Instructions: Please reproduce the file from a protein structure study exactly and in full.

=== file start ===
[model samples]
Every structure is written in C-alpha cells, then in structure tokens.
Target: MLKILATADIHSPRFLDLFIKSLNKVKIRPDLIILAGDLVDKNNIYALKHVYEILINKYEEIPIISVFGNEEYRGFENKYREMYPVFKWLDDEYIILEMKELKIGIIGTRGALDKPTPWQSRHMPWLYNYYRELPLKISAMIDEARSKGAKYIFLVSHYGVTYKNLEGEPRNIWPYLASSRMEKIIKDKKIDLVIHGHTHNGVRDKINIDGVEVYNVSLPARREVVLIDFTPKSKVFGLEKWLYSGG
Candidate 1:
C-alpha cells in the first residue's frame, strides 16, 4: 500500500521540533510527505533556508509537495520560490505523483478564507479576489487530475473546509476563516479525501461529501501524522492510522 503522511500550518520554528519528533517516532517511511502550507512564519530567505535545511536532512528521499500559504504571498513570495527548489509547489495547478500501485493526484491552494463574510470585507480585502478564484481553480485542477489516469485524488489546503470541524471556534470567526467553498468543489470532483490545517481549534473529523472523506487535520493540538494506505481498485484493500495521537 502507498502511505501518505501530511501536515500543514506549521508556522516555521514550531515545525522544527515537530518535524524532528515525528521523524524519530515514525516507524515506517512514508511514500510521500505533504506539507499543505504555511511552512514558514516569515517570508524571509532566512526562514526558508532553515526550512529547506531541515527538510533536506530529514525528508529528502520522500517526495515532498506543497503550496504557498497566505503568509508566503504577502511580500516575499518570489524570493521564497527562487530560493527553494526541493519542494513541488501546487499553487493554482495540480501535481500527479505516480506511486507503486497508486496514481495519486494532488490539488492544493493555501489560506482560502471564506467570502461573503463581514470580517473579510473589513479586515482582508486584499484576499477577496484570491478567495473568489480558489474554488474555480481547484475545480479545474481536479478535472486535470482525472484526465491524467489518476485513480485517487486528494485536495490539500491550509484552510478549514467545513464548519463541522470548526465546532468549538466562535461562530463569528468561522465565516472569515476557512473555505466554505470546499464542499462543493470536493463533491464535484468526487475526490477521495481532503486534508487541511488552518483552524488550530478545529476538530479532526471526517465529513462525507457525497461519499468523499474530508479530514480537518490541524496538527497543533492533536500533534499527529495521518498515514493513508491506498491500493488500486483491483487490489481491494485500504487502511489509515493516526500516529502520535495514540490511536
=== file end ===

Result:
[model samples]
Every structure is written in C-alpha cells, then in structure tokens.
Target: MLKILATADIHSPRFLDLFIKSLNKVKIRPDLIILAGDLVDKNNIYALKHVYEILINKYEEIPIISVFGNEEYRGFENKYREMYPVFKWLDDEYIILEMKELKIGIIGTRGALDKPTPWQSRHMPWLYNYYRELPLKISAMIDEARSKGAKYIFLVSHYGVTYKNLEGEPRNIWPYLASSRMEKIIKDKKIDLVIHGHTHNGVRDKINIDGVEVYNVSLPARREVVLIDFTPKSKVFGLEKWLYSGG
Candidate 1:
C-alpha cells in the first residue's frame, strides 16, 4: 500500500521540533510527505533556508509537495520560490505523483478564507479576489487530475473546509476563516479525501461529501501524522492510522 503522511500550518520554528519528533517516532517511511502550507512564519530567505535545511536532512528521499500559504504571498513570495527548489509547489495547478500501485493526484491552494463574510470585507480585502478564484481553480485542477489516469485524488489546503470541524471556534470567526467553498468543489470532483490545517481549534473529523472523506487535520493540538494506505481498485484493500495521537 502507498502511505501518505501530511501536515500543514506549521508556522516555521514550531515545525522544527515537530518535524524532528515525528521523524524519530515514525516507524515506517512514508511514500510521500505533504506539507499543505504555511511552512514558514516569515517570508524571509532566512526562514526558508532553515526550512529547506531541515527538510533536506530529514525528508529528502520522500517526495515532498506543497503550496504557498497566505503568509508566503504577502511580500516575499518570489524570493521564497527562487530560493527553494526541493519542494513541488501546487499553487493554482495540480501535481500527479505516480506511486507503486497508486496514481495519486494532488490539488492544493493555501489560506482560502471564506467570502461573503463581514470580517473579510473589513479586515482582508486584499484576499477577496484570491478567495473568489480558489474554488474555480481547484475545480479545474481536479478535472486535470482525472484526465491524467489518476485513480485517487486528494485536495490539500491550509484552510478549514467545513464548519463541522470548526465546532468549538466562535461562530463569528468561522465565516472569515476557512473555505466554505470546499464542499462543493470536493463533491464535484468526487475526490477521495481532503486534508487541511488552518483552524488550530478545529476538530479532526471526517465529513462525507457525497461519499468523499474530508479530514480537518490541524496538527497543533492533536500533534499527529495521518498515514493513508491506498491500493488500486483491483487490489481491494485500504487502511489509515493516526500516529502520535495514540490511536